National Living Wage comes in amid fears of widespread job losses

It has been warned that four million fewer hours could be worked per week in the UK as employers cut costs

Katie Forster
Friday 01 April 2016 08:09
comments
Picturehouse Cinemas, owners of The Ritzy in Brixton, has been subject to a vociferous campaign against its refusal to pay staff the Living Wage
Picturehouse Cinemas, owners of The Ritzy in Brixton, has been subject to a vociferous campaign against its refusal to pay staff the Living Wage

Millions of low-paid workers are waking up to a pay rise as the new National Living Wage of £7.20 an hour is implemented around the country.

Unions have broadly welcomed the 50p increase, but said it was not fair that younger workers were missing out.

What is the National Living Wage, and who gets it?

And the Office for Budget Responsibility has warned tens of thousands of jobs could be at risk as businesses try to accomodate the hike in wage bills.

The independent body has also said 4 million fewer hours could be worked per week in the UK as employers cut costs.

The TUC general secretary, Frances O'Grady, welcomed the rise in wages, but expressed concern for younger employees.

“The Government must ensure that younger workers are not left behind - 21 to 24-year-olds will not be seeing an increase,” said Ms O’Grady.

"This is not fair. Future wage increases must narrow the pay gap between old and young," she said.

And Owen Smith, shadow work and pensions secretary, said the move was designed to hide other, "cruel" Tory policies:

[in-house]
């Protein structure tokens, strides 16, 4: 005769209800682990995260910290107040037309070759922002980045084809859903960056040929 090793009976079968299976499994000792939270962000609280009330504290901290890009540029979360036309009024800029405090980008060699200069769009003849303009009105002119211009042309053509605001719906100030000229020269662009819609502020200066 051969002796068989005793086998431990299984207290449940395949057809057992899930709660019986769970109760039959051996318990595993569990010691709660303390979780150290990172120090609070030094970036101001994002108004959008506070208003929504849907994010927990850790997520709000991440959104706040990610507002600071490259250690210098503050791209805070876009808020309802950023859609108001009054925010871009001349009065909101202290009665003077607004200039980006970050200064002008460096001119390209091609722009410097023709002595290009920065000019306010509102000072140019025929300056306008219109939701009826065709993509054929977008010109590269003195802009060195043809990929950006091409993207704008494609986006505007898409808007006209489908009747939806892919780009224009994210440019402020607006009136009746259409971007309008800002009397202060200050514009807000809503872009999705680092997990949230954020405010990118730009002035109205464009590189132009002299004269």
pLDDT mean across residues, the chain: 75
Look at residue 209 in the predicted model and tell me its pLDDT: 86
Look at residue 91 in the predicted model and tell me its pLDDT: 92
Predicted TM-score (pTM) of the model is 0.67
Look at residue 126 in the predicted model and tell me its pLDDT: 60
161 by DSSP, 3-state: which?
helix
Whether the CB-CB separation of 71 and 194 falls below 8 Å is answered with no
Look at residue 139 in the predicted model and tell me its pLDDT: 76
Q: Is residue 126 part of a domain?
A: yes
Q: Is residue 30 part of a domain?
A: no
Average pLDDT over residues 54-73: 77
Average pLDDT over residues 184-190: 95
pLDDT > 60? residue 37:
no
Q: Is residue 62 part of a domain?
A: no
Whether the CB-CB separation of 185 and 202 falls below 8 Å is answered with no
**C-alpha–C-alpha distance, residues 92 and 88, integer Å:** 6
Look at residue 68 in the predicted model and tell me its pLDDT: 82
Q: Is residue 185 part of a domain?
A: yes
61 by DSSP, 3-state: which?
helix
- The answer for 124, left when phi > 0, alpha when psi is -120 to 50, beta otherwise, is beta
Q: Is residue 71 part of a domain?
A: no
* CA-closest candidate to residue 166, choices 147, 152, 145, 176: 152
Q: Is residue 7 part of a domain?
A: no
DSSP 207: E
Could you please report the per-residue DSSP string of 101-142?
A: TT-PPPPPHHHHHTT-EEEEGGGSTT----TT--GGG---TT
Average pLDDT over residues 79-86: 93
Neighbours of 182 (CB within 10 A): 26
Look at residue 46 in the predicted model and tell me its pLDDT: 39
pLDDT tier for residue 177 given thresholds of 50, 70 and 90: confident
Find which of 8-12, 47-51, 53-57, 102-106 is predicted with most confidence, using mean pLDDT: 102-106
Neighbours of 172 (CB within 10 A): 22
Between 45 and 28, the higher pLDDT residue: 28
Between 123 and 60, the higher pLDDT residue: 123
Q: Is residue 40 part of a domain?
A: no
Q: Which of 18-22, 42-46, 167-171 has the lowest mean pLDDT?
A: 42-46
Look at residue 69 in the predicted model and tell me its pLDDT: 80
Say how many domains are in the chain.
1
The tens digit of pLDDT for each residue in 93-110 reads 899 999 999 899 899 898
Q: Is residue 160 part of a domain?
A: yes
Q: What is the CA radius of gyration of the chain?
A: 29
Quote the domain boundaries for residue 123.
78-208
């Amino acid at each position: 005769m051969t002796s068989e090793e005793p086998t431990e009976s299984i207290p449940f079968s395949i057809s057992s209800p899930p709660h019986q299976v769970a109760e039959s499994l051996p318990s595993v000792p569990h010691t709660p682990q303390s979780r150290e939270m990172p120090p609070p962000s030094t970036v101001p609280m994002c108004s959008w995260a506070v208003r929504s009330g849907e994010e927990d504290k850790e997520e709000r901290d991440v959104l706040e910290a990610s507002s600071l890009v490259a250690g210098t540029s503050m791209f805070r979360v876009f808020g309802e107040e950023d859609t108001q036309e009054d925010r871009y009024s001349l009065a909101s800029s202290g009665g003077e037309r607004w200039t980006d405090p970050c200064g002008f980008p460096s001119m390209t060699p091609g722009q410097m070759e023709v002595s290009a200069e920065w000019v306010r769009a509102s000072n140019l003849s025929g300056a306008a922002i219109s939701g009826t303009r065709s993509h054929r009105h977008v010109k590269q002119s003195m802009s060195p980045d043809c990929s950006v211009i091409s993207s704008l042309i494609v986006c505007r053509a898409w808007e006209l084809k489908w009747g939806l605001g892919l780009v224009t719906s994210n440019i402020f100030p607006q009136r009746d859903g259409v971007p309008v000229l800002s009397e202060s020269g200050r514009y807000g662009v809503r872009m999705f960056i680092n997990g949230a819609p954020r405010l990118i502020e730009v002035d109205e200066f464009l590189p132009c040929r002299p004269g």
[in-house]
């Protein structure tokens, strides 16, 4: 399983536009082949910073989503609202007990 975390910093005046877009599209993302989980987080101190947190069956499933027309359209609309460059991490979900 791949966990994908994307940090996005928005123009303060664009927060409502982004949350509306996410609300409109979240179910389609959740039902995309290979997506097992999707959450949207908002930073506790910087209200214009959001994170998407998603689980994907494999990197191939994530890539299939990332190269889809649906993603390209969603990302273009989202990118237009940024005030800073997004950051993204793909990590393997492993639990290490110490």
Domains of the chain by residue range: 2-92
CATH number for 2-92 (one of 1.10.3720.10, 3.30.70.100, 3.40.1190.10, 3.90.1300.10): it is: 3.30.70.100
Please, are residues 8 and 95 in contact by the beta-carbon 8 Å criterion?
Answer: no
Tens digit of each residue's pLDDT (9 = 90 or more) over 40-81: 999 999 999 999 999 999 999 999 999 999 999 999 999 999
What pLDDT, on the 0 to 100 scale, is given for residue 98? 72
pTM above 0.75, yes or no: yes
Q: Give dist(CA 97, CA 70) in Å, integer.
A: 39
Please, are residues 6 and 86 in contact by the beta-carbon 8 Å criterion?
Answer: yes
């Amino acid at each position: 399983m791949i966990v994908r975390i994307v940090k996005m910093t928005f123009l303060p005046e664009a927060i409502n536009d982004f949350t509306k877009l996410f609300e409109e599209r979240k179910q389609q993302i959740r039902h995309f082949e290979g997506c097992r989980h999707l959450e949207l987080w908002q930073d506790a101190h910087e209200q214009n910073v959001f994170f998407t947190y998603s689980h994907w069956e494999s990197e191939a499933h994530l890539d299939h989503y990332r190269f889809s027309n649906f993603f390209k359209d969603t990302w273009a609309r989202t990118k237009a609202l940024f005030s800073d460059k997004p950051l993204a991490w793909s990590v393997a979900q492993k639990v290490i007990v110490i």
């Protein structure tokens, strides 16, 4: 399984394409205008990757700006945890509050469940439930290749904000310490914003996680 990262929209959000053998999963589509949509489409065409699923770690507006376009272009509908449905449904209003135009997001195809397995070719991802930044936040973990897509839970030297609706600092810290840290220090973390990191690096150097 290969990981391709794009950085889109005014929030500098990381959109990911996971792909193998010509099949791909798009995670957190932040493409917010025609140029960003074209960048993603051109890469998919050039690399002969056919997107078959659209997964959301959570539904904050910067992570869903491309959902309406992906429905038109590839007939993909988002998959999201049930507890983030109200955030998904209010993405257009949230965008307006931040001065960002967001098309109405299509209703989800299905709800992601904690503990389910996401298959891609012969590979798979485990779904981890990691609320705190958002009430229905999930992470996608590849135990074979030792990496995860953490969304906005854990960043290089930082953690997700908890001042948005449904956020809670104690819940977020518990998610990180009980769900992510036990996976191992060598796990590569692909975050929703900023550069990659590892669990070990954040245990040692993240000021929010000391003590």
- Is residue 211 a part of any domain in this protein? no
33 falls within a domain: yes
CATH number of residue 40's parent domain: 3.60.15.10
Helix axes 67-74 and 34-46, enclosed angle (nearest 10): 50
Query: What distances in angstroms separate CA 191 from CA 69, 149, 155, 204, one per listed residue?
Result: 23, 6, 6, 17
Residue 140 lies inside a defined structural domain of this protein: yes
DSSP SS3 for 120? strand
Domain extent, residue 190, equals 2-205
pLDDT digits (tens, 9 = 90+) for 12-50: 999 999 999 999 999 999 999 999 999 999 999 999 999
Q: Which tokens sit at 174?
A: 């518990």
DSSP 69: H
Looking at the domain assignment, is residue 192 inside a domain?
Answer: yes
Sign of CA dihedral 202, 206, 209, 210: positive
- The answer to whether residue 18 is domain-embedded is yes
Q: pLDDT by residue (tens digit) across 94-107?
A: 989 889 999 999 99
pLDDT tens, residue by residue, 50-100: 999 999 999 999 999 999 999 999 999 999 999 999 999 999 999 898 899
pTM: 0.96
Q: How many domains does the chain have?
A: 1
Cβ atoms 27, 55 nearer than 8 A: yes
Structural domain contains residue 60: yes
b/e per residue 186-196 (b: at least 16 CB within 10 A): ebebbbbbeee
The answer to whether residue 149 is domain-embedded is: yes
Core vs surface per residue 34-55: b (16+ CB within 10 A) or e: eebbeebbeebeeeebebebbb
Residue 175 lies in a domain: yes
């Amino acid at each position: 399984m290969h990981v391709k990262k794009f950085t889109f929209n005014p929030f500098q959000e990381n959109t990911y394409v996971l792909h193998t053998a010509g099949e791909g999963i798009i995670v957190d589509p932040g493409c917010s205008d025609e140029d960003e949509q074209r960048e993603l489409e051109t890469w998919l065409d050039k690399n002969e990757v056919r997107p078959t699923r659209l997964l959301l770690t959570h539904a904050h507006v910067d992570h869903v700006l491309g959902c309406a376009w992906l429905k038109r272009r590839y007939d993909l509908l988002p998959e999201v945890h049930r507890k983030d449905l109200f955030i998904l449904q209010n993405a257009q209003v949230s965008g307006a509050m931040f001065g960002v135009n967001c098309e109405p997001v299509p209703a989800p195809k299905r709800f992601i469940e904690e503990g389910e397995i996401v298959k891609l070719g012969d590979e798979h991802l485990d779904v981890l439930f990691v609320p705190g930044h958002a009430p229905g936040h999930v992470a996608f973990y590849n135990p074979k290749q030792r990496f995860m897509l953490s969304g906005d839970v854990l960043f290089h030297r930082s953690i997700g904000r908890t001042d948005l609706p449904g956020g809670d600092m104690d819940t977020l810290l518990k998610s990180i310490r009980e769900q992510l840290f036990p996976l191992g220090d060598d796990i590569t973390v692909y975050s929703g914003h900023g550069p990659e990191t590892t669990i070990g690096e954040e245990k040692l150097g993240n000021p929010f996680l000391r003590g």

"It's a typically cruel sleight of hand from the Tories to introduce their version of the living wage with one hand, while taking five times as much in cuts to Universal Credit and Tax Credits with the other.

"While this higher minimum wage for the over-25s is welcome, it will feel like an act of deception for the two million families set to lose £1,600 a year through cuts to in-work support."

Justin King, the former chief executive of Sainsbury’s, said the policy would “destroy jobs” when it is introduced. Sectors with large numbers of low-paid workers such as retail chains, supermarkets and the hospitality sector are most at risk of job cuts.

The Chancellor George Osborne was also criticised for using a similar name for his policy to that of the Living Wage Foundation (LWF). The LWF recommend an hourly rate of £9.40 in London and £8.25 elsewhere, to reflect the cost of living in the UK.

Businesses who fail to increase their workers’ minimum wages face fines of up to £20,000 per worker and bosses run the risk of being disqualified as a company director for 15 years.

Join our new commenting forum

Join thought-provoking conversations, follow other Independent readers and see their replies

View comments